Significance: The oxidative stress theory of atherosclerosis is based on the assumption that the production of reactive oxidant species (ROS) by blood, as well as resident cells of the artery wall, elicits the formation of oxidized low-density lipoproteins (ox-LDL), which, in turn, promotes a series of inflammatory responses, ultimately leading to atherosclerotic plaque. This theory prompted the development of new laboratory methodologies that aimed at assessing the relationship between oxidative stress and clinical progression of human atherosclerosis.
Critical issues: Markers assessing the oxidation of phospholipid and protein components of LDL were among the first to be developed. Clinical trials included cross-sectional as well as retrospective and prospective studies that, however, provided equivocal results. Thus, clear evidence that oxidative biomarkers add more to the risk stratification by common atherosclerotic risk factors is still lacking.
Recent advances: More recently, the analysis of oxidative stress focused on enzymatic pathways generating ROS, such as NADPH oxidase and myeloperoxidase (MPO). Experimental and clinical studies suggest that both enzymes may be implicated in promoting atherosclerotic disease. Novel laboratory methodologies have been, therefore, developed to study NADPH oxidase and MPO in patients with stable atherosclerosis as well as in patients with acute coronary and cerebro-vascular syndromes.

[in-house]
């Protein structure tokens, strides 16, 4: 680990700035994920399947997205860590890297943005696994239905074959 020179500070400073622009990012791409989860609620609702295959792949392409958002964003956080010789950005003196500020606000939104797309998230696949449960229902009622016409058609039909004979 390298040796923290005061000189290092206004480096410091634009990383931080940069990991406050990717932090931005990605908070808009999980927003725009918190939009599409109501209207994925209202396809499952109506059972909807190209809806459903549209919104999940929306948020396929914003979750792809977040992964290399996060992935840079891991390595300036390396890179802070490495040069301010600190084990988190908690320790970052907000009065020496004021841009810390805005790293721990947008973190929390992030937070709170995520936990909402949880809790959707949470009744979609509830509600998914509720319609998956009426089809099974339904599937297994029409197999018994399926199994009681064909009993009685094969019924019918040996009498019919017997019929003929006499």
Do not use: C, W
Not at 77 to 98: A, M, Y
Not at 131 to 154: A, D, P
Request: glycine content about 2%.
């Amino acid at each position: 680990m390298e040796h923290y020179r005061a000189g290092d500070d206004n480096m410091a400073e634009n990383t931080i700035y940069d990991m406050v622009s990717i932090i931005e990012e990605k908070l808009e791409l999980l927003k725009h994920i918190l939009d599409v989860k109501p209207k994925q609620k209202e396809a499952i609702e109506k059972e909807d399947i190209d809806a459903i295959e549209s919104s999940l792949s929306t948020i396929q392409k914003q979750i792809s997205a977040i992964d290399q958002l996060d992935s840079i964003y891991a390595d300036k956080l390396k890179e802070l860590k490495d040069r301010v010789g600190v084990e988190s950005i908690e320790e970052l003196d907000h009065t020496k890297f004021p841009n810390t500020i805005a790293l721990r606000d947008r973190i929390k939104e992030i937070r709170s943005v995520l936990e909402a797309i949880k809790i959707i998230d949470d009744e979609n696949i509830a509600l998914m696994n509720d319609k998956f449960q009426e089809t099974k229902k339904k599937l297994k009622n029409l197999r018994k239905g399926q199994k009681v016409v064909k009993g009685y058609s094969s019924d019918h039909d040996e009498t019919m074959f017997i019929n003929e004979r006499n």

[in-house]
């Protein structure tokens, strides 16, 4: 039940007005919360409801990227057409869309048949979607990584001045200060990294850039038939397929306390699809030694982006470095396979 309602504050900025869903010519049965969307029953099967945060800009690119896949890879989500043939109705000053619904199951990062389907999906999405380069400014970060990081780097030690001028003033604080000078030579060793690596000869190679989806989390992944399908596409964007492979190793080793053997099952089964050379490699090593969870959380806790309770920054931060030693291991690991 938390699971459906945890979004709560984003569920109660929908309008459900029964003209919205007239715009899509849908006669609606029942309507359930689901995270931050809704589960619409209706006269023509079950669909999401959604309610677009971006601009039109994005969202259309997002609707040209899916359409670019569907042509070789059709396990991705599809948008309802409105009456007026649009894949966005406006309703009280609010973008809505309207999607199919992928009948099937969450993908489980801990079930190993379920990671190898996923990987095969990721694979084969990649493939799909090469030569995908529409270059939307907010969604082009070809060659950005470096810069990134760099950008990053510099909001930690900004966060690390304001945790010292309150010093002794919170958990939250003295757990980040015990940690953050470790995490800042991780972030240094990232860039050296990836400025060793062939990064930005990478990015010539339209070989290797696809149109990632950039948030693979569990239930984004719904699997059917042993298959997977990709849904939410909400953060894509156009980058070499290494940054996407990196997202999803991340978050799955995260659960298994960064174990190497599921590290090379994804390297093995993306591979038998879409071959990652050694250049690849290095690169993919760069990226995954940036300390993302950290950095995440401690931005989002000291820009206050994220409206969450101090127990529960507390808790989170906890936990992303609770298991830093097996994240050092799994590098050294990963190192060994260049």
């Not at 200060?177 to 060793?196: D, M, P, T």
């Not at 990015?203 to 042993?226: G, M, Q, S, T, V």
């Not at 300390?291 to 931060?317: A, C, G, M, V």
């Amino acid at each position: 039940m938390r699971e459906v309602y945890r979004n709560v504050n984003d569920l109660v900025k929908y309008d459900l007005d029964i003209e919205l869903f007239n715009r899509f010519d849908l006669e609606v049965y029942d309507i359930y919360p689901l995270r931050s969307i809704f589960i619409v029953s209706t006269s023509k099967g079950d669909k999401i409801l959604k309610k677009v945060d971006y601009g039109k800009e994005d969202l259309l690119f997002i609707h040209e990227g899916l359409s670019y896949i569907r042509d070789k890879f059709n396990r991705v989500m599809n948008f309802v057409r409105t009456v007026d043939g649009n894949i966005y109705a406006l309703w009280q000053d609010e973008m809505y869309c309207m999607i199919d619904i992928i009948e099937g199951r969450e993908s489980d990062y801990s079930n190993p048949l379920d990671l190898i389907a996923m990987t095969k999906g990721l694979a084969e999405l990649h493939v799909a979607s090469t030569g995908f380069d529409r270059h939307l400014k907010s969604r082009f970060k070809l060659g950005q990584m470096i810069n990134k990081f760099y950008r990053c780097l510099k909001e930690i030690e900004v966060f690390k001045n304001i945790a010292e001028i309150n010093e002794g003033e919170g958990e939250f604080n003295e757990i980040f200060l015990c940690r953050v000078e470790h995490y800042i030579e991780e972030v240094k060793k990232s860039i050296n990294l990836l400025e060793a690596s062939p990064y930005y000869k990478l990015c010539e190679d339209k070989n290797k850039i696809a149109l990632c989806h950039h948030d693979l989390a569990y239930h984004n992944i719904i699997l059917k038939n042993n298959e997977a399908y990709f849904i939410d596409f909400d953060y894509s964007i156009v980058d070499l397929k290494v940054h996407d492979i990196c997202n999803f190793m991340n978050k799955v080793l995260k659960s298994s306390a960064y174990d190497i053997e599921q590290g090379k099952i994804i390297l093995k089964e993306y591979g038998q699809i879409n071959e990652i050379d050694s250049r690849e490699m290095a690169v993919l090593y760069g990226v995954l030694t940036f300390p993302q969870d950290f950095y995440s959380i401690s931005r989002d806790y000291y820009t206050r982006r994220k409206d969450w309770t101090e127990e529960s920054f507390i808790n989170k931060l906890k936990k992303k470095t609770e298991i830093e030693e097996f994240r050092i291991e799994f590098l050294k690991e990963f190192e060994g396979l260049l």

Future directions: This review will analyze the strengths and weaknesses of the current methodology to study these enzymes in human atherosclerosis with particular regard to their clinical application in several settings of cardiovascular disease. Clinical methodology and results of previous studies with regard to markers of LDL oxidation have also been reviewed as a useful background for the future development of clinical trials.